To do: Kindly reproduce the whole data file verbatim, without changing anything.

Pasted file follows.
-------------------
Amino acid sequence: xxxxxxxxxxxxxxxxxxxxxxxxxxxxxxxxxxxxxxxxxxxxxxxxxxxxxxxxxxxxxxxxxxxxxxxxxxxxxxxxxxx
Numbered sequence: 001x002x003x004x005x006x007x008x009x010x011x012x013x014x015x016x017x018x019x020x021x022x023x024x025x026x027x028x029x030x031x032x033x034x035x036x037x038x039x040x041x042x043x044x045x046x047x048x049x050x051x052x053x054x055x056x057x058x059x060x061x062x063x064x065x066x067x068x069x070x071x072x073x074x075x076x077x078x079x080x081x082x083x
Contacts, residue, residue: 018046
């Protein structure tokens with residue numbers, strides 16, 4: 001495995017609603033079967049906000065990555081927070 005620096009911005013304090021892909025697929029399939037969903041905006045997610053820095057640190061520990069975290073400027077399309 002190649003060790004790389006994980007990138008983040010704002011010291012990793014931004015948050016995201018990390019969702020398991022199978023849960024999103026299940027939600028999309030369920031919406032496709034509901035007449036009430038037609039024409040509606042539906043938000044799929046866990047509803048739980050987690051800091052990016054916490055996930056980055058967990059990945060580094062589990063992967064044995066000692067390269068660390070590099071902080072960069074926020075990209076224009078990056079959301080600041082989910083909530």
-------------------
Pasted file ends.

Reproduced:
Amino acid sequence: xxxxxxxxxxxxxxxxxxxxxxxxxxxxxxxxxxxxxxxxxxxxxxxxxxxxxxxxxxxxxxxxxxxxxxxxxxxxxxxxxxx
Numbered sequence: 001x002x003x004x005x006x007x008x009x010x011x012x013x014x015x016x017x018x019x020x021x022x023x024x025x026x027x028x029x030x031x032x033x034x035x036x037x038x039x040x041x042x043x044x045x046x047x048x049x050x051x052x053x054x055x056x057x058x059x060x061x062x063x064x065x066x067x068x069x070x071x072x073x074x075x076x077x078x079x080x081x082x083x
Contacts, residue, residue: 018046
């Protein structure tokens with residue numbers, strides 16, 4: 001495995017609603033079967049906000065990555081927070 005620096009911005013304090021892909025697929029399939037969903041905006045997610053820095057640190061520990069975290073400027077399309 002190649003060790004790389006994980007990138008983040010704002011010291012990793014931004015948050016995201018990390019969702020398991022199978023849960024999103026299940027939600028999309030369920031919406032496709034509901035007449036009430038037609039024409040509606042539906043938000044799929046866990047509803048739980050987690051800091052990016054916490055996930056980055058967990059990945060580094062589990063992967064044995066000692067390269068660390070590099071902080072960069074926020075990209076224009078990056079959301080600041082989910083909530």